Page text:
Trudeau has become very active in the sport of rowing where last summer he was vice-president of the Lake Placid Rowing Club.

Trudeau believes that motivation reaps one of the highest rewards possible— a bountiful life which includes constant activity.

The Evil Knievil of winter sports will continue to compete when he travels to Bretton Woods, New Hampshire Saturday where he will compete in the 50-kilometer Yukon Jack crosscountry ski race.

Trudeau strongly believes that good health is more than the absence of disease. He says that to get the full optimum of life there is only one medicine he prescribes— exercise.


The Guild News, April, 1942

Just Nerves; Not Nerve

"Listen my friends and you shall hear

Of the Sunday jump of a nervous skier"

by Frank B. Trudeau

But I'm not a poet, just one of those guys who during the winter tours the eastern ski-jumping circuit and spends each spring in a cast.

People who know I jump, often ask me how it feels to be up there. If you're good they tell me it feels swell; if you're not, well it feels like something that rhymes with "swell." It's a thrill, though, that lots don't care to know about. In fact, many feel they've got just enough nerve to read about it. To that large and extremely intelligent group, I respectfully dedicate this paper.

Each Sunday morning I find myself nervously contemplating a deadly and precipitous looking affair in one of our leading ski resorts. I try to practice a couple of times Sunday mornings; no other competitor does. the Norwegians jumped out of their cribs several times in perfect form when they were a little younger, and have been arriving at competitions at 2 P.M. Sundays ever since--just in time to win and roar off to the nearest Hofbrau House.

So, in beautiful solitude with only a few bored workmen tacking up pennants around the stands, I soar off. (Newspapers say "soar"--I would say plummet is more accurate). Everything is fine. I'm as relaxed as I ever am--just a couple of convulsive twitches as I peer down the scaffold. But I always jump well Sunday mornings--except for that time I broke my back, and the other time I carried away the better part of my forearm. As a rule, though, it is then I jump most gracefully for me and plod happily back to the competitors' hut for a bit of lunch.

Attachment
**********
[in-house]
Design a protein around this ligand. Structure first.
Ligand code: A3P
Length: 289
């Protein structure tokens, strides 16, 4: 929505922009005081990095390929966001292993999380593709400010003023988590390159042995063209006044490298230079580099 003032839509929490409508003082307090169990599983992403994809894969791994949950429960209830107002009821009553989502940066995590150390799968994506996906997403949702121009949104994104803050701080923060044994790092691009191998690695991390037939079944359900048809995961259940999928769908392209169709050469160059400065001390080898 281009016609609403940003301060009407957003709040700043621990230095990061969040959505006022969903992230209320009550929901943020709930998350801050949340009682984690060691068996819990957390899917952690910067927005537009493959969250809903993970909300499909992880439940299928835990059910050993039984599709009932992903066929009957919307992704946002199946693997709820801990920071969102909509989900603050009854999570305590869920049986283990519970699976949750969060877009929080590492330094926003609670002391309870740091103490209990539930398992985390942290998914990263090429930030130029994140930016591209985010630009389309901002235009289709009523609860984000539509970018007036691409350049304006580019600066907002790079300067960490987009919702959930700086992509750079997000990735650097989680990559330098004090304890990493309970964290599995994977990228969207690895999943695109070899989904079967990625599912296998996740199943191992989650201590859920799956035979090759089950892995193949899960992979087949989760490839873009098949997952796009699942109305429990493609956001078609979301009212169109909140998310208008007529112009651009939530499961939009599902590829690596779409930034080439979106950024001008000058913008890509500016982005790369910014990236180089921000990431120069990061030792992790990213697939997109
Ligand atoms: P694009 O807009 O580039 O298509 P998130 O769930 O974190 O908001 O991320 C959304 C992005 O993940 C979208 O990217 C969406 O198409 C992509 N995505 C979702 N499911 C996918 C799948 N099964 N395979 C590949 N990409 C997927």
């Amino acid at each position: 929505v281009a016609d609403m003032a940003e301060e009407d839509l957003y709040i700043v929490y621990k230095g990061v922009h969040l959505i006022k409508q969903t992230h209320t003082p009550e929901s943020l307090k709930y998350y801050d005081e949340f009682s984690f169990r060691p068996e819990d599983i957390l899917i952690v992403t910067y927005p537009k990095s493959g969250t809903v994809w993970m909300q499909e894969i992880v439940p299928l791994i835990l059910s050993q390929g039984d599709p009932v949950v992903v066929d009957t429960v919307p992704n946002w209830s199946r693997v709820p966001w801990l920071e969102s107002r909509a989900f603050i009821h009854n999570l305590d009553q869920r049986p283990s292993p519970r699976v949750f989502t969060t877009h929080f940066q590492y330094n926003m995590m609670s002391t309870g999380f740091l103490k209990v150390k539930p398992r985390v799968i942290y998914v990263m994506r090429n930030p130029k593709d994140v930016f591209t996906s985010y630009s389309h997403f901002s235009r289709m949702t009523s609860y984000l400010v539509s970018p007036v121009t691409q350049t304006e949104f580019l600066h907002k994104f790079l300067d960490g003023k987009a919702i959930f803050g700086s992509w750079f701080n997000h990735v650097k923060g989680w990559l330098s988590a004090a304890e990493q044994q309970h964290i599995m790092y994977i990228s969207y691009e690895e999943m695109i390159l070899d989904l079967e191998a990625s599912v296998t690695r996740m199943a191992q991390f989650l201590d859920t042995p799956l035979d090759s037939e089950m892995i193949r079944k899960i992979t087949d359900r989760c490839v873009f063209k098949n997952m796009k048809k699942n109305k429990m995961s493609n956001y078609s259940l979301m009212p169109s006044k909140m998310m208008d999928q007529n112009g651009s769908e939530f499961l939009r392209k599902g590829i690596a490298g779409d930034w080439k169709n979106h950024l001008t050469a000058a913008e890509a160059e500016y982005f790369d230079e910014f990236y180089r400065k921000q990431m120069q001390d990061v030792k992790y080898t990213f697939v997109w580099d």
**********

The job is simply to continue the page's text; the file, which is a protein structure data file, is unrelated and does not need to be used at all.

I've about gotten thru a cup of coffee, when someone taps me on the back, "If you're competing you'd better sign in now," he says. That's the end of my appetite. They say you never realize how close the war is until your husband, or son, or roommate gets killed in it. Well, it's the same with jumping. You never fully realize how close you are to returning to dust till you sing that vicious slip. It says something about if you break your neck, you can't say it was the hill's fault, and it reminds you that in case of death you mustn't let your heirs sue the club.

"Whoopee!" I think to myself as I struggle to get my sixteen-pound skis over my shoulder: "At long last I can crack up with legality." Slowly we trudge up the hill, 300 steps or more on a good one. The crowd is beginning to gather. They look at the climbing competitors hungrily. The Romans had the same look when they watched the Christians led to the Arena. A guy shoots off in a practice jump. I watch him over my shoulder. He bounces once on his back, twice on his side, and he's ready for his next jump. Then we're at the top, get our numbers, pin them on, and start waxing feverishly. Don't need to wax but everyone does -- it's good for the nerves. My number is 32 this time. When number 20 comes down I start up the scaffold. It's VERY tense at the top. Somebody is saying something about me in Norwegian. I wonder what. Devlin and Tokle are talking quietly in the corner. "Remember zat fall at Brattleboro last week?" says Torger.

"You mean that boy who lay at the bottom with his foot and ski slowly making complete turns on the end of his leg?"

"Yea, yea," says Torger, enthusiastically, but I hear no more. The loud speaker is bellowing out my name, number and the fact that I go to Yale. I'm sorry about that last announcement. Yale had enough of a disgrace in the last football season. But down I go, faster and faster. The end of the take-off seems to be coming right along. I straighten up with a snap. For the first time I can see the landing hill and the crowd. I feel awfully high up. I try to think about form; it improves just a hair. I wish I could think faster. Then whack I hit the hill and zoom out on the level--that's one thing I can do as well as anybody.

I ski by the crowd. Once at Bear Mountain I looked at them. Everyone looked disappointed. Not that I wasn't good, that wasn't the reason. When they heard the word "Yale" in the announcement, I guess they all moved toward the ambulance, their Roman blood flushing their cheeks. the suddenly, there I was at the bottom, the stretcher wasn't needed -- not that time. I've never looked at that wicked group which makes up a jumping audience since. Often, though, I please them.